By Sabrina TaverniseNew York Times
November 20, 2005
Abu Noor's town had become so hostile to Shiites that his wife had not left the house in a month, his family could no longer go to the medical clinic and mortar shells had been lobbed at the houses of two of his religious leaders. "I couldn't open the door and stand in my yard," he said.
So when Abu Noor, a Shiite from Tarmiya, a heavily Sunni Arab town north of here, ran into an old friend, a Sunni who faced his own problems in a Shiite district in Baghdad, the two decided to switch houses. They even shared a moving van.
Two and a half years after the American invasion, deep divides that have long split Iraqi society have violently burst into full view. As the hatred between Sunni Arabs and Shiites hardens and the relentless toll of bombings and assassinations grows, families are leaving their mixed towns and cities for safer areas where they will not automatically be targets. In doing so, they are creating increasingly polarized enclaves and redrawing the sectarian map of Iraq, especially in Baghdad and the belt of cities around it.
The evidence is so far mostly anecdotal - the government is not tracking the moves. In a rough count, about 20 cities and towns around Baghdad are segregating, according to accounts by local sheiks, Iraqi nongovernmental organizations and military officials, and the families themselves. Those areas are among the most mixed and the most violent in Iraq - according to the American military, 85 percent of attacks in the country are in four provinces including Baghdad, and two others to its north and west.
The volatile sectarian mix is a holdover from the rule of Saddam Hussein, who gave favors to Sunni Arab landowners in the lush farmland around Baghdad to reinforce loyalties and to protect against Shiites in the south. Shiites came to work the land, and sometimes to own it. Abu Noor moved to Tarmiya in 1987 after the government gave his father land.
"The most violent places are the towns and cities around Baghdad," said Sheik Jalal al-Dien al-Sagheer, a member of Parliament from a religious Shiite party. "It was a circle. It was invented. It did not exist before."
One result has been carnage on a serious scale. In Tarmiya, a close Shiite friend of Abu Noor who helped pack his furniture and drove it to Baghdad received a letter warning him to leave the town or be killed. Nineteen days later he was shot to death in his carpentry shop in front of his father and brother. In all, at least eight of Abu Noor's friends and close relatives, including a brother, have been killed since the beginning of 2004.
The motives for the attacks are often complicated. The complex webs of tribal affiliations and social status that rule everyday life in Iraq do not always line up as simply as Shiite against Sunni. But increasingly, despite the urging of some Shiite religious leaders and Sunni politicians, the attacks have been. A mostly Sunni Arab fringe is carrying out vicious attacks against civilians, often Shiites, while Shiite death squads are openly stalking Sunnis for revenge, and the Shiite-dominated government makes regular arrests in Sunni Arab neighborhoods.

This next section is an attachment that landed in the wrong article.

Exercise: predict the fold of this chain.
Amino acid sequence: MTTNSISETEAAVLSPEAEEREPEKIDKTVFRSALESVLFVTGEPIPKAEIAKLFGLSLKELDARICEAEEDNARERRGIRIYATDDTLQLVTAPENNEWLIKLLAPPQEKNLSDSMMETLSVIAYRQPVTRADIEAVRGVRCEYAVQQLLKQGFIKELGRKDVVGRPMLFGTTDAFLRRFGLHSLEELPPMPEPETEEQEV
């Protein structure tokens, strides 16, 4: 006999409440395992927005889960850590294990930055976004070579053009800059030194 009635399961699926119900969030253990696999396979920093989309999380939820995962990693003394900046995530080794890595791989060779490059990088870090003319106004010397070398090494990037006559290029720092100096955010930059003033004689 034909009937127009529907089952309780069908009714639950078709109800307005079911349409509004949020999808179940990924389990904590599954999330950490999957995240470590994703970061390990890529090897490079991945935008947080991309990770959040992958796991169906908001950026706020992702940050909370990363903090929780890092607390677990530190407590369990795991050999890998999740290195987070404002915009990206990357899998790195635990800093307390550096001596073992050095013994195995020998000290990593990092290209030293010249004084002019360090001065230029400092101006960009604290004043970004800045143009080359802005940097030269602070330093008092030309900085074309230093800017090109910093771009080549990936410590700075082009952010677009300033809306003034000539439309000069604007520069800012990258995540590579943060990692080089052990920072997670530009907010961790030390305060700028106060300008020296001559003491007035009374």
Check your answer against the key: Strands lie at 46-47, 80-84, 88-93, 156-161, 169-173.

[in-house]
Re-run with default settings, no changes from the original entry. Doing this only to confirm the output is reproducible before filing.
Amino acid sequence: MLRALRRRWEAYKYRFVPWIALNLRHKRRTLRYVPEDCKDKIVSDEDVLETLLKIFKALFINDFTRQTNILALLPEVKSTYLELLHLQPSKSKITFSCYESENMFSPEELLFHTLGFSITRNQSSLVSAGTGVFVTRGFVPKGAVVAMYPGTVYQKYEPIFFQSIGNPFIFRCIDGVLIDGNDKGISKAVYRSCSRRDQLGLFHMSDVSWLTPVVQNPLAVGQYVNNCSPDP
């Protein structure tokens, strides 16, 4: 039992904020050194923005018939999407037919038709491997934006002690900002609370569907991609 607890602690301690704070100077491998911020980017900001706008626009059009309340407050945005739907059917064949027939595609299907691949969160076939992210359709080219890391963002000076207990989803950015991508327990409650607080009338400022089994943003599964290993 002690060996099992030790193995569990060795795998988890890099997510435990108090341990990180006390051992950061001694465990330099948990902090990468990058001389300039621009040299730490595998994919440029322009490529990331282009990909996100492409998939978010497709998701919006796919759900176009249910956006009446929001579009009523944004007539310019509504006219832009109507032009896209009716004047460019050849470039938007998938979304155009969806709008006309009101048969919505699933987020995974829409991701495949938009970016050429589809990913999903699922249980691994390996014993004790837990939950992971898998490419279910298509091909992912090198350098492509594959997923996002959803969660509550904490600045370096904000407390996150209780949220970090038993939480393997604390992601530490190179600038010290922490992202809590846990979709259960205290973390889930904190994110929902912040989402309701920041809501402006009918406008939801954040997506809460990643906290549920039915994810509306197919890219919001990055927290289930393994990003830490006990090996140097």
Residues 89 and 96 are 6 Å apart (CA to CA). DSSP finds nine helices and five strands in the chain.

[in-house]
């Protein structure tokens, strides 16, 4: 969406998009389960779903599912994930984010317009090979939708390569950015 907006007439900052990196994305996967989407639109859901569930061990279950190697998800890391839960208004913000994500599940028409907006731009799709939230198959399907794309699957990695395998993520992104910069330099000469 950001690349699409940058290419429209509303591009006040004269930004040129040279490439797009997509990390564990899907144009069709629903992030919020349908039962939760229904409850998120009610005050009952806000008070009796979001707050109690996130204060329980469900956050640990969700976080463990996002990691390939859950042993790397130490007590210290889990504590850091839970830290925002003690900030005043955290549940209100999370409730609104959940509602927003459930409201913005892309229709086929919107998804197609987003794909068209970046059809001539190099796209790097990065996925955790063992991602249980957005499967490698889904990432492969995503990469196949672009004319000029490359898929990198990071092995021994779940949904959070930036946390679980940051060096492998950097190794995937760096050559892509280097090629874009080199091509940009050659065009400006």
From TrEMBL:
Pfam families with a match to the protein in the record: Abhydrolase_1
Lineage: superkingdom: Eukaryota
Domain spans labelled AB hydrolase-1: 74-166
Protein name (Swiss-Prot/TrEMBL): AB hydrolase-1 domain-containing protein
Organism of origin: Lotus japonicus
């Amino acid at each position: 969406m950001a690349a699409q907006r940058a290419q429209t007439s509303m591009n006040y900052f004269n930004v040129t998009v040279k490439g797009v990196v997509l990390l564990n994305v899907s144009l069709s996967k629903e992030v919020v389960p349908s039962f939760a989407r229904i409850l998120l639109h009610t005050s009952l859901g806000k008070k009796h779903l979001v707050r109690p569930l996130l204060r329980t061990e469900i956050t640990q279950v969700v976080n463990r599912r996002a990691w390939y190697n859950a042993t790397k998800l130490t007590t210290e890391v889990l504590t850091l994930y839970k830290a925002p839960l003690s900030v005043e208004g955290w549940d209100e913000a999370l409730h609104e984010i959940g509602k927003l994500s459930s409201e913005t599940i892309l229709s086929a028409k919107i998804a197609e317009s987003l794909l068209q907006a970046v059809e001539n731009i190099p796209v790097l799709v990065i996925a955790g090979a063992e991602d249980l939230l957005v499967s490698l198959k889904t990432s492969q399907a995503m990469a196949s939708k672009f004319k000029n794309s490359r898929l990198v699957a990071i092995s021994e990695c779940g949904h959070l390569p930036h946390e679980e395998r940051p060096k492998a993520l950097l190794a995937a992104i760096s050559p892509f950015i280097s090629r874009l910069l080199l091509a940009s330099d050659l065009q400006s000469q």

Expressions of prejudice have been making their way onto walls and into leaflets, too. In Tarmiya, writing was scrawled on the walls of the city's main streets: "Get out of here, Badr followers! Traitors! Spies!" it said, using a reference to an armed wing of a religious Shiite party. In Madaen, a mixed city south of Baghdad, a list of names appeared on the walls of several municipal buildings in a warning to leave. Many did.
In Samarra last fall, leaflets appeared warning in clumsy childish script that Samarra is a Sunni city. "We thought at first that they were written by kids and that someone would discipline them," said Sheik Hadi al-Gharawi, an imam who left Samarra, north of Baghdad, a few months ago and now lives in Baghdad. "But later we found they were adults and they were serious." His nephew, Ahmed Samir al-Gharawi, 15, who moved separately with his family in September, was one of two Shiites in his high school class in Samarra. In January, classmates were probing to see whether his family had voted in a national election. "They were joking to find the truth," he said. "I didn't tell them."
Samarra is a holy place in Shiite Islam with two sacred shrines, and Shiites have lived there for hundreds of years. Even so, in a pattern similar to that in Tarmiya, Shiite imams were attacked and businesses became targets, Sheik Gharawi said, and Shiites began to leave.
Emad Fadhel, a Shiite business owner who settled there 38 years ago, estimated that 200 to 260 Shiite families lived in the city before 2003, a figure he said he learned while delivering medicine to poor families. Of those, fewer than 20 remain, said Mr. Fadhel, who moved with his family last August, shortly after a hand grenade was thrown at his father.